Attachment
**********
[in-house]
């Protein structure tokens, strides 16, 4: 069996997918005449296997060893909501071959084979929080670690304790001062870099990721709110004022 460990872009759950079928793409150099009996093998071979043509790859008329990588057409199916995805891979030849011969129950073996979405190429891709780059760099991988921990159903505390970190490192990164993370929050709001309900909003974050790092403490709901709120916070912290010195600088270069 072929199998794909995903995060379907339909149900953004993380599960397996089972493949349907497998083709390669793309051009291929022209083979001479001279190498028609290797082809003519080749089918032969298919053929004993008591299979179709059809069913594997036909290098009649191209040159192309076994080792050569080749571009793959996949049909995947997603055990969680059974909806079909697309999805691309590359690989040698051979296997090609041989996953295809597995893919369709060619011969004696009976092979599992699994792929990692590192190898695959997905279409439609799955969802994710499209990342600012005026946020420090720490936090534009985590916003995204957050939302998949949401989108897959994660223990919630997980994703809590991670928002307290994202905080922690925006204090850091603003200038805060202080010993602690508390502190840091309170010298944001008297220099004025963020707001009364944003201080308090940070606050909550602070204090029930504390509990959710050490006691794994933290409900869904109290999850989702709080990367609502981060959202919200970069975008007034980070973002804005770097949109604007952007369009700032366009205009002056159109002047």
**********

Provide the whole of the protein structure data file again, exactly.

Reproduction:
[in-house]
């Protein structure tokens, strides 16, 4: 069996997918005449296997060893909501071959084979929080670690304790001062870099990721709110004022 460990872009759950079928793409150099009996093998071979043509790859008329990588057409199916995805891979030849011969129950073996979405190429891709780059760099991988921990159903505390970190490192990164993370929050709001309900909003974050790092403490709901709120916070912290010195600088270069 072929199998794909995903995060379907339909149900953004993380599960397996089972493949349907497998083709390669793309051009291929022209083979001479001279190498028609290797082809003519080749089918032969298919053929004993008591299979179709059809069913594997036909290098009649191209040159192309076994080792050569080749571009793959996949049909995947997603055990969680059974909806079909697309999805691309590359690989040698051979296997090609041989996953295809597995893919369709060619011969004696009976092979599992699994792929990692590192190898695959997905279409439609799955969802994710499209990342600012005026946020420090720490936090534009985590916003995204957050939302998949949401989108897959994660223990919630997980994703809590991670928002307290994202905080922690925006204090850091603003200038805060202080010993602690508390502190840091309170010298944001008297220099004025963020707001009364944003201080308090940070606050909550602070204090029930504390509990959710050490006691794994933290409900869904109290999850989702709080990367609502981060959202919200970069975008007034980070973002804005770097949109604007952007369009700032366009205009002056159109002047």